An Bord Pleanala blocks College Green plaza plan

by Rachel Darcy

[vc_row][vc_column width=”2/3″][vc_column_text]An Bord Pleanala (APB) has rejected plans for the controversial pedestrianisation of the College Green plaza in front of Trinity College.

The planning authority announced that they would be refusing permission for the move, citing traffic concerns and the impact that removing buses from Dame Street would have on the city as a whole.

In their decision, ABP said that “the proposed development would give rise to significant adverse impacts on pedestrians and on bus transport within the city centre and would, therefore, be contrary to the proper planning and sustainable development of the area”.

In their determination, ABP also said that there was concern that footpaths on the Quays – where bus routes would have been rerouted – wouldn’t “have the capacity to accommodate the in-creased numbers of pedestrians that would be redirected onto the Quays”.

The original plans for the project were initially introduced in 2016 and have been a point of contention for many who feared the pedestrianisation would impact on businesses.

However, the plans were supported by cyclists and pedestrians campaigning for safer transport routes.

Fianna Fáil Spokesperson on Transport, Robert Troy TD, said: “Part of the reason why, I believe, that An Bord Pleanála refused permission stems from the Government’s utter failure to address the ongoing traffic issues in Dublin City Centre.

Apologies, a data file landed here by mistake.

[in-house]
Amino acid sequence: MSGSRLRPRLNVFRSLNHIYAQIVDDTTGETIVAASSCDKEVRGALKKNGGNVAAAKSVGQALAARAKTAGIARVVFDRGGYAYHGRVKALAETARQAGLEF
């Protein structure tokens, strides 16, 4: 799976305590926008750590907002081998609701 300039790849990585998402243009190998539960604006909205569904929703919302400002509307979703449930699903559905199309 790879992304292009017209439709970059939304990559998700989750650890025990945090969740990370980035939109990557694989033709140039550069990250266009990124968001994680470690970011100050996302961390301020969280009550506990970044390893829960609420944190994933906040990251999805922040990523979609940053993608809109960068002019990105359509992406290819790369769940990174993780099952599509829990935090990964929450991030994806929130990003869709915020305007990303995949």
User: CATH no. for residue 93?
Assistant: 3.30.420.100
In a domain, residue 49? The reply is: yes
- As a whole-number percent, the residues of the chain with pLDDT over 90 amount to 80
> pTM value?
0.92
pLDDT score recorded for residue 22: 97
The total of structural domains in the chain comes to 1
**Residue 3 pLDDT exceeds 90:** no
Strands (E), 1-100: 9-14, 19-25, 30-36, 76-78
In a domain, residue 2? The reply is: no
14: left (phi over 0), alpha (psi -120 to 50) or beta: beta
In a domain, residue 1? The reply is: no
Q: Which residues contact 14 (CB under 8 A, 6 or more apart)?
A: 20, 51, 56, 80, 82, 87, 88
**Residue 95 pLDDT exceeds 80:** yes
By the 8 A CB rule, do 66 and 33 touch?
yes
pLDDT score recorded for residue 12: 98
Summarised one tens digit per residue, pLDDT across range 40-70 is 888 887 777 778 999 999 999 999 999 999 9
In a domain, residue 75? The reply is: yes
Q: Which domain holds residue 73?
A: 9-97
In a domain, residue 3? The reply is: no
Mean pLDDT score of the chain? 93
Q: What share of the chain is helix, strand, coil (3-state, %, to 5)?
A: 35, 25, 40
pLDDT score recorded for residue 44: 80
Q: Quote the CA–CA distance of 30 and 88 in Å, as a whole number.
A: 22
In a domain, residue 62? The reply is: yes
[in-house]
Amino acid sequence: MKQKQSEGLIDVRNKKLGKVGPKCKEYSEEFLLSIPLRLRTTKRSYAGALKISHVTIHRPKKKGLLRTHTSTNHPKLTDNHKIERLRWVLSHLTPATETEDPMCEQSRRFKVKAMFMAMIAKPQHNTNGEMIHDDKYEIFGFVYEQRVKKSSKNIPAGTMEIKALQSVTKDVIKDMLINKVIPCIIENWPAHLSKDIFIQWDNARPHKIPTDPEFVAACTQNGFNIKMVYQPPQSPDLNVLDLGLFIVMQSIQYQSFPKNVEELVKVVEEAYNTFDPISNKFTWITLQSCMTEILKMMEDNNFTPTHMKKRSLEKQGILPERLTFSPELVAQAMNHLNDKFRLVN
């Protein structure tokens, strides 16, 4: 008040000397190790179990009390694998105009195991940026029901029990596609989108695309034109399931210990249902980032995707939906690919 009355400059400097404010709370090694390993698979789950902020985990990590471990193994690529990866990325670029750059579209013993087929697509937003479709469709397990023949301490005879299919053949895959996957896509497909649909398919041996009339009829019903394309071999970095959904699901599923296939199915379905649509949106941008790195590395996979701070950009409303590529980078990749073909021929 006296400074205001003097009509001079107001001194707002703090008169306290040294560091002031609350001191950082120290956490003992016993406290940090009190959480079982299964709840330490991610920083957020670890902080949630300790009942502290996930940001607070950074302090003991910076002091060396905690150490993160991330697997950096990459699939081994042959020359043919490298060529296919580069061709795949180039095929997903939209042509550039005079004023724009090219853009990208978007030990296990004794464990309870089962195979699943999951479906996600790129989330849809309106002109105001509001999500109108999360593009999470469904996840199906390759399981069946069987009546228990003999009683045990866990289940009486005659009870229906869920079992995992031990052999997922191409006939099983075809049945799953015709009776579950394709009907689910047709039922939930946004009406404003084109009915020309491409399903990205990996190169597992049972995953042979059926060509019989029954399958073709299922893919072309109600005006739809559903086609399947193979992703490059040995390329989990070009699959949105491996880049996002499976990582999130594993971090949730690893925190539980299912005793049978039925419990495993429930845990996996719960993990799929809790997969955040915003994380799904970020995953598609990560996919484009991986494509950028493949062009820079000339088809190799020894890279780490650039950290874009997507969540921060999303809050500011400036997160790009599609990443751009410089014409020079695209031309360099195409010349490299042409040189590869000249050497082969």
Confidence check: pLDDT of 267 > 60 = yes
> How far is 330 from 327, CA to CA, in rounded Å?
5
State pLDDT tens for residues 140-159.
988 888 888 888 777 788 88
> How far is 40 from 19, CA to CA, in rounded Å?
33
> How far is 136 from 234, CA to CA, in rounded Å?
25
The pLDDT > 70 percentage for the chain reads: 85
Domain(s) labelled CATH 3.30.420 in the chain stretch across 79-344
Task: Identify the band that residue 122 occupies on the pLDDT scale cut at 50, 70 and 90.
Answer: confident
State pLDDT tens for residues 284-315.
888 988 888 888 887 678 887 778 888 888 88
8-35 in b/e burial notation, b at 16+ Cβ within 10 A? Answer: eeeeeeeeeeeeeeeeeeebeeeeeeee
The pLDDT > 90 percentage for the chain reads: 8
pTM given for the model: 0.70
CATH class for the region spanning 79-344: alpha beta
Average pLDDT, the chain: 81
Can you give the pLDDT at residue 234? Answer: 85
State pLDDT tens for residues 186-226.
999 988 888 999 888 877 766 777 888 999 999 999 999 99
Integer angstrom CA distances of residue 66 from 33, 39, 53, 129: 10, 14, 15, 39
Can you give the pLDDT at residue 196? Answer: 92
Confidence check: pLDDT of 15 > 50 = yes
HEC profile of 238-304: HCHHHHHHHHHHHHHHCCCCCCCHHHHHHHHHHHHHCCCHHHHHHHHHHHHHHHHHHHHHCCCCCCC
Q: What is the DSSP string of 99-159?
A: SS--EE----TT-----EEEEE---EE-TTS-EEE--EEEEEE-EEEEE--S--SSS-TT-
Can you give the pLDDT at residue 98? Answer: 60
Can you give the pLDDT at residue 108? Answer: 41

“Chronic traffic jams in and around the College Green and along the city’s quays added to this rejection. An Bord Pleanála repeatedly pointed out the ‘unresolved capacity issues’ in these core zones of the city.

“Minister Ross and the Government must demonstrate a far greater level of ambition when it comes to making Dublin a better place to live and work in.”

Sinn Fein’s Mary Lou McDonald said the refusal of the plans was ‘welcomed’.

Deputy McDonald said: “The plans to pedestrianise College Green were not feasible and they failed to address the real impact to traffic, particularly for buses and taxi drivers.

“There has already been ongoing disruption in Dublin since the Luas Cross-City was introduced in December.

“College Green in particular has been something of a nightmare for commuters, and Dublin Bus services have been seriously impacted.”[/vc_column_text][/vc_column][vc_column width=”1/3″][/vc_column][/vc_row]

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